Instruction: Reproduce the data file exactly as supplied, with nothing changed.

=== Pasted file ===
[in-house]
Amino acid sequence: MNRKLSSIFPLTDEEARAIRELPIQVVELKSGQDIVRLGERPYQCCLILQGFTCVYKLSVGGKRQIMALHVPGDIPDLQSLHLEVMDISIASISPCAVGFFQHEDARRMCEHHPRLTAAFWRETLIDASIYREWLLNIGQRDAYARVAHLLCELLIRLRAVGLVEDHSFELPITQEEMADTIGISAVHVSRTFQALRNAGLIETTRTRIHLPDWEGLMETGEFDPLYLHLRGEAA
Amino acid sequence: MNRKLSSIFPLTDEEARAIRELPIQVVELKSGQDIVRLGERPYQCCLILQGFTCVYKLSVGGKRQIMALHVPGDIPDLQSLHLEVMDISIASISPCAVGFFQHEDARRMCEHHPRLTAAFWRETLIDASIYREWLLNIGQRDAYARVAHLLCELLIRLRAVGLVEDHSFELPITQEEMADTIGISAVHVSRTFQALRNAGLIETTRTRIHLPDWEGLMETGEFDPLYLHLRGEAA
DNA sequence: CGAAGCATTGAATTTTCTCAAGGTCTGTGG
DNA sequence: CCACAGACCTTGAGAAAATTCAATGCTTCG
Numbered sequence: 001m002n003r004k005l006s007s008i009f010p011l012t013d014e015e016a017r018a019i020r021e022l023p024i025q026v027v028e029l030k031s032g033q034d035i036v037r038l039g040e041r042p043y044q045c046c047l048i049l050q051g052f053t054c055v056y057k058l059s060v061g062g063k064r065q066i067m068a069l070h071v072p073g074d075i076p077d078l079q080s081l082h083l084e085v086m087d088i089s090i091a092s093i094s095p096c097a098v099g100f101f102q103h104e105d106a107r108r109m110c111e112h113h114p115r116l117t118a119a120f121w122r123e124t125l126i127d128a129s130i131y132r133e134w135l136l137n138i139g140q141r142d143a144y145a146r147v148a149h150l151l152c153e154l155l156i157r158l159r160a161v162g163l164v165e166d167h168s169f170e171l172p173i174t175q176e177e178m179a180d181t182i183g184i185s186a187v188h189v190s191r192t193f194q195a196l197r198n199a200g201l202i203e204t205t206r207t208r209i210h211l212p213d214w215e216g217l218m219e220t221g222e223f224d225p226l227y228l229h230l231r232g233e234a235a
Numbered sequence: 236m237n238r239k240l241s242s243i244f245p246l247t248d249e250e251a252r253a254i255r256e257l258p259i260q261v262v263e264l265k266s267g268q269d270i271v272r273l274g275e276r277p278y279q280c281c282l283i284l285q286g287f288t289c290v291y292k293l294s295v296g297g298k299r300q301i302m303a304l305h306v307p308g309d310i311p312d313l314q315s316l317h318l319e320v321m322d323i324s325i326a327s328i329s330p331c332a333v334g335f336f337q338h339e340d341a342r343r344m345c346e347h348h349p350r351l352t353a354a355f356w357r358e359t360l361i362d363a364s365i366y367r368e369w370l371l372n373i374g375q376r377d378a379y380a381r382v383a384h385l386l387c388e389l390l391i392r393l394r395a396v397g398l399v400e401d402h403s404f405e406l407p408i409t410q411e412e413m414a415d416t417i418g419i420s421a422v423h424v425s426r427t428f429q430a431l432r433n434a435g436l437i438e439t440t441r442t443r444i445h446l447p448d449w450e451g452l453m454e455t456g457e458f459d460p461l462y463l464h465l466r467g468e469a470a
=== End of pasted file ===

[in-house]
Amino acid sequence: MNRKLSSIFPLTDEEARAIRELPIQVVELKSGQDIVRLGERPYQCCLILQGFTCVYKLSVGGKRQIMALHVPGDIPDLQSLHLEVMDISIASISPCAVGFFQHEDARRMCEHHPRLTAAFWRETLIDASIYREWLLNIGQRDAYARVAHLLCELLIRLRAVGLVEDHSFELPITQEEMADTIGISAVHVSRTFQALRNAGLIETTRTRIHLPDWEGLMETGEFDPLYLHLRGEAA
Amino acid sequence: MNRKLSSIFPLTDEEARAIRELPIQVVELKSGQDIVRLGERPYQCCLILQGFTCVYKLSVGGKRQIMALHVPGDIPDLQSLHLEVMDISIASISPCAVGFFQHEDARRMCEHHPRLTAAFWRETLIDASIYREWLLNIGQRDAYARVAHLLCELLIRLRAVGLVEDHSFELPITQEEMADTIGISAVHVSRTFQALRNAGLIETTRTRIHLPDWEGLMETGEFDPLYLHLRGEAA
DNA sequence: CGAAGCATTGAATTTTCTCAAGGTCTGTGG
DNA sequence: CCACAGACCTTGAGAAAATTCAATGCTTCG
Numbered sequence: 001m002n003r004k005l006s007s008i009f010p011l012t013d014e015e016a017r018a019i020r021e022l023p024i025q026v027v028e029l030k031s032g033q034d035i036v037r038l039g040e041r042p043y044q045c046c047l048i049l050q051g052f053t054c055v056y057k058l059s060v061g062g063k064r065q066i067m068a069l070h071v072p073g074d075i076p077d078l079q080s081l082h083l084e085v086m087d088i089s090i091a092s093i094s095p096c097a098v099g100f101f102q103h104e105d106a107r108r109m110c111e112h113h114p115r116l117t118a119a120f121w122r123e124t125l126i127d128a129s130i131y132r133e134w135l136l137n138i139g140q141r142d143a144y145a146r147v148a149h150l151l152c153e154l155l156i157r158l159r160a161v162g163l164v165e166d167h168s169f170e171l172p173i174t175q176e177e178m179a180d181t182i183g184i185s186a187v188h189v190s191r192t193f194q195a196l197r198n199a200g201l202i203e204t205t206r207t208r209i210h211l212p213d214w215e216g217l218m219e220t221g222e223f224d225p226l227y228l229h230l231r232g233e234a235a
Numbered sequence: 236m237n238r239k240l241s242s243i244f245p246l247t248d249e250e251a252r253a254i255r256e257l258p259i260q261v262v263e264l265k266s267g268q269d270i271v272r273l274g275e276r277p278y279q280c281c282l283i284l285q286g287f288t289c290v291y292k293l294s295v296g297g298k299r300q301i302m303a304l305h306v307p308g309d310i311p312d313l314q315s316l317h318l319e320v321m322d323i324s325i326a327s328i329s330p331c332a333v334g335f336f337q338h339e340d341a342r343r344m345c346e347h348h349p350r351l352t353a354a355f356w357r358e359t360l361i362d363a364s365i366y367r368e369w370l371l372n373i374g375q376r377d378a379y380a381r382v383a384h385l386l387c388e389l390l391i392r393l394r395a396v397g398l399v400e401d402h403s404f405e406l407p408i409t410q411e412e413m414a415d416t417i418g419i420s421a422v423h424v425s426r427t428f429q430a431l432r433n434a435g436l437i438e439t440t441r442t443r444i445h446l447p448d449w450e451g452l453m454e455t456g457e458f459d460p461l462y463l464h465l466r467g468e469a470a